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Chris Page

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The Rise of New Labour (Pocket essentials: Politics)
The Rise of New Labour (Pocket essentials: Politics)
by Robin Ramsay
Edition: Paperback

4 of 14 people found the following review helpful
1.0 out of 5 stars Disappointing, 10 Mar. 2003
This book offers a little insight into the rise of the New Labour movement, but far too often Ramsay seems to be ranting and he never seperates his own, very strong, political views from the story he's telling. The story sweeps along at break-neck pace, sometimes too quickly for you to realise that there is precious little evidence for some of his more outrageous claims.
John Smith, it seems, was an MI6 agent (and MI6 are a tool of capitalist interests), the creation of the SDP was a CIA plot designed to cost Labour the 1983 election (perhaps they were involved, but the SDP got almost as many votes as Labour did so there must have been something in it!) and, perhaps most bizarrely, the rise of Tony Blair is attributed to the Israeli government, who saw the opportunity of putting a pro-Israeli at the head of British government. Those are the ones that have stuck in my mind, but there are others.
Ramsay's discussion of economics is simplistic and misleading; where in reality there is debate he starts from the assumption that his own views (that manufacturing is vital and needs protection through control of the exchange rate) are self-evidently correct, and that the present view that government should seek to control exchange rates through interest rates is dangerously insane. I have my own views but I wouldn't criticise Ramsay for reaching different conclusions from me. The problem is that he never bothers to go through the arguments and reach the conclusions; he just rants, and we hear one side of every story.
Finally, the book is pervaded with anti-Americanism. Ramsay at several points launches into diatribes on the failings of American foreign and domestic policy. Many would agree, but it's rather weak to do this, draw as many links as possible between New Labour and the USA as possible and then sit back and let the reader conclude that we're being led into a ruinous mimicry of the USA. He never offers as examples any policies that Labour has 'borrowed' from the USA and which he can show are leading us the same way.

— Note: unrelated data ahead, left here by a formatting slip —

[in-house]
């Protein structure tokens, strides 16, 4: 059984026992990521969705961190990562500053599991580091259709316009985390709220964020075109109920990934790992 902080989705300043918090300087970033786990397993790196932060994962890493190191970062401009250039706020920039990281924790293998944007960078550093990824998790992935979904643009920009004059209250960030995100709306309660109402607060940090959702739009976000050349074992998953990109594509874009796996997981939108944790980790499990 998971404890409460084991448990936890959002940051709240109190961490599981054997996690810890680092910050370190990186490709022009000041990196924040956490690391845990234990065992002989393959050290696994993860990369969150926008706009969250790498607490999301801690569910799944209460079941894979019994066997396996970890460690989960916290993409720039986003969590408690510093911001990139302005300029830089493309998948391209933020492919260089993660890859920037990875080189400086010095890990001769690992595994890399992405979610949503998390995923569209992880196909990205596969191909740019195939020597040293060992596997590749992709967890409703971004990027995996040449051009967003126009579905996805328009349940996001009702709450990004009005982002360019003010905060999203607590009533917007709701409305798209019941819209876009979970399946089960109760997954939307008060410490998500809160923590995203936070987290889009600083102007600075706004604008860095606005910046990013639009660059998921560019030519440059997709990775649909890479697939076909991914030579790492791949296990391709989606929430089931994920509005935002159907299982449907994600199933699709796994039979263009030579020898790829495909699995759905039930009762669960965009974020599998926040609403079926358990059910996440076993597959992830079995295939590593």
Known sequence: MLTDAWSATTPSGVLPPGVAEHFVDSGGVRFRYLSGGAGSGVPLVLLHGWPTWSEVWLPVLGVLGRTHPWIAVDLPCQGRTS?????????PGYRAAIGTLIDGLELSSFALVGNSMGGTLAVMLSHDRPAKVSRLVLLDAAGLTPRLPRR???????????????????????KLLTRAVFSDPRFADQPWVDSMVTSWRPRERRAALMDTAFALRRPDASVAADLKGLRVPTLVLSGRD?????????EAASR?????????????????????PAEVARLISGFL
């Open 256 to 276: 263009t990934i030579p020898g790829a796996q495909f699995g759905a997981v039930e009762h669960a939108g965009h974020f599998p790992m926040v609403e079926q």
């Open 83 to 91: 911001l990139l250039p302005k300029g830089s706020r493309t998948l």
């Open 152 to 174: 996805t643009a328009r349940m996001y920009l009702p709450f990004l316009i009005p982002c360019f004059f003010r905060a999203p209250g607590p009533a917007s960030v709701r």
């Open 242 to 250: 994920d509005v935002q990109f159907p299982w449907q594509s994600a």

This could have been an interesting look at one of the most important changes in domestic politics in a generation; the fall of socialism and the rise of the centre-left. Instead we get a incredulous lecture from an unreformed socialist who can't believe we've all been so stupid, and instead of engaging in a debate snipes at New Labour and presents some fairly incredible conspiracy stories.
Dangerous nonsense.
Comment Comments (2) | Permalink | Most recent comment: Nov 7, 2010 8:40 PM GMT

The Princess Bride
The Princess Bride
by William Goldman
Edition: Paperback
Price: £5.99

10 of 13 people found the following review helpful
4.0 out of 5 stars Resetting the balance., 22 July 2001
This review is from: The Princess Bride (Paperback)
I hate to dissent from all the enthusiastic reviews as The Princess Bride is a highly enjoyable book and an excellent film, but I disagree with claims that the book is superior (blasphemy, I know...). I saw the film first, and when I read the book I was hoping for that and more. I was a little dissapointed: to my mind the film took the best parts of the book and what it cut out was less funny and well judged. Also, while the literary device of Goldman-as-editor is interesting - and I admit it took me a while to work out it was only a literary device - I came to find it a bit tedious (largely it amounts to a running commentary) and even a little smug. The introductory chapter about his family, though, was very well done.
Don't go away thinking this is a bad book - the only reason I'm being critical is because so many others have so throughly expounded the book and film's many merits. I definitely recommend you try one - and once you do, you're bound to try the other...

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